Traditionally, nearly all basic chemicals have been produced from crude oil, or liquid fossil fuel, forming the building blocks in the plastics, colorants, fertilizers, and many other types of products that we’ve depended on for decades. Further implementing the bioeconomy through bio-based chemicals or “white biotech” requires entrepreneurial effort and investment, which is heavily impacted by the low price of crude oil. This trend creates barriers to developing scalable models for using renewable feedstocks, which affects pricing and competitiveness. Likewise, many investors want to see proof of concept as well as demonstration plants to prove scalability. 

Regulations too, although valuable and important for protecting consumers, can make obtaining government approvals – especially where novel foods or ingredients are involved – both difficult and expensive. As a result, much of the bioeconomy is still subsidy-driven or remains underdeveloped. And despite stepped up R&D in the chemical industry over the last 10-15 years, the production of basic- and platform chemicals made from renewable raw materials has also remained largely uncompetitive. 

That said, the biochemical industry has found ways to overcome some of these challenges by forming enterprises focused on select value chains, filling niches in cosmetics or specialty chemicals and adhesives or developing building blocks that can be sold on for use in other products. Overall, replacing petrochemical products with renewable raw materials has become profitable when used as a basis for making products of higher economic value.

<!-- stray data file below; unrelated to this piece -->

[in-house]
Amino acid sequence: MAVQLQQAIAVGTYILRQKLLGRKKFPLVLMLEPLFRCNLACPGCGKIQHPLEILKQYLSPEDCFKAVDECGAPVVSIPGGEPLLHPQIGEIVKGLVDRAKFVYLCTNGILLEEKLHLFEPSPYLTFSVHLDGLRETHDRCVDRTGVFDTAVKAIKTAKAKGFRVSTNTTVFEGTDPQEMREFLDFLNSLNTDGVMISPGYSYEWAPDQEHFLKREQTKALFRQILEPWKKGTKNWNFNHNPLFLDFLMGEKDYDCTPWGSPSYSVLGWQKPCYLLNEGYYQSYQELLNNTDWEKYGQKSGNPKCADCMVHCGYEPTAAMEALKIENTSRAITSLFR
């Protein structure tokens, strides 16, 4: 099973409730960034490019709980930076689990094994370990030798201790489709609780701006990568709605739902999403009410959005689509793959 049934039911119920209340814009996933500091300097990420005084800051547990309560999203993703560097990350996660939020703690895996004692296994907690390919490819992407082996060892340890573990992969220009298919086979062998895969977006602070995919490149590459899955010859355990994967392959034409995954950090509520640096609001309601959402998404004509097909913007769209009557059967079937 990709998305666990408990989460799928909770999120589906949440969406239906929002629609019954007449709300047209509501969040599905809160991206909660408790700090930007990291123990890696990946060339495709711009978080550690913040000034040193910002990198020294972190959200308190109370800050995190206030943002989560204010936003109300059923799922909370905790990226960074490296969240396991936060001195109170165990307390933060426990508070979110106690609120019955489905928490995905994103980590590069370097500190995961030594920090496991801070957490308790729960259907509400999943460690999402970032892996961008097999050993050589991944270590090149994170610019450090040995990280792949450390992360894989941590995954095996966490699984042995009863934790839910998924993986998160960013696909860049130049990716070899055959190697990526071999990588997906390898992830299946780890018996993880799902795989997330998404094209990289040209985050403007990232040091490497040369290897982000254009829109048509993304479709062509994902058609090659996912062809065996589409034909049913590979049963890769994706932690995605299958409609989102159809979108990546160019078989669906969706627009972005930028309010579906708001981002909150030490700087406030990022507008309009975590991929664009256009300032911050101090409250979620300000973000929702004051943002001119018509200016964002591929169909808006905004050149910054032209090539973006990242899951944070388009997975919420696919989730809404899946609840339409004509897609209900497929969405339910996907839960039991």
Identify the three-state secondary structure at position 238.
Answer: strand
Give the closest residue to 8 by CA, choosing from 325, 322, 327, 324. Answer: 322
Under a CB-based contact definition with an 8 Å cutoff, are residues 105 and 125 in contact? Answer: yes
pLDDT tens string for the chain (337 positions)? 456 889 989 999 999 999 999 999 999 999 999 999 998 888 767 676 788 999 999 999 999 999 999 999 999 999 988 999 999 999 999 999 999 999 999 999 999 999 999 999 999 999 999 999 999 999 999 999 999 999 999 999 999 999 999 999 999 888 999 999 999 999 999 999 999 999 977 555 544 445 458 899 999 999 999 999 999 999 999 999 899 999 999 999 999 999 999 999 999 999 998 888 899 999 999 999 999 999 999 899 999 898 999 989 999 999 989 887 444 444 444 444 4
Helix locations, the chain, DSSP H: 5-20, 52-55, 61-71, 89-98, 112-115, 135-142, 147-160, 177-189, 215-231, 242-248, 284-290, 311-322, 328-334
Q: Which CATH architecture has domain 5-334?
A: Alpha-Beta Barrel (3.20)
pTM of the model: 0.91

The impressive growth in this sector is linked to several key trends: 

  • Increased focus among industry leaders to reduce greenhouse gas emissions by pursuing circular economies utilizing CO2-neutral feedstocks 
  • Increased commercial viability of bio-based chemical, some of which deliver additional functionalities or better performance compared to fossil oil-based alternatives
  • Greater economic independence from traditional oil-producing countries & oil price combined with strong tendency towards “green energy”
GEA’s biorefinery credentials and contribution to the bioeconomy

GEA solutions and biorefinery experience covers nearly every type of renewable resource and industry application, including the efficient production of biofuels and stillage processing, biopolymers and bioplastics, as well as components and ingredients for the food and feed industries. We’ve partnered with customers and diverse consortia to establish and test biorefinery models for: producing acids from renewable feedstocks to be used as building blocks in bioplastics, for example; leveraging microalgae for use in biopesticides and feed; producing rubber extracted from dandelions, protein from insects and waste streams from food production, and much more. Our customers benefit from GEA’s network of professionally staffed test centers, laboratory facilities and pilot plants, which enable us to support them as they progress and make the shift to industrial production.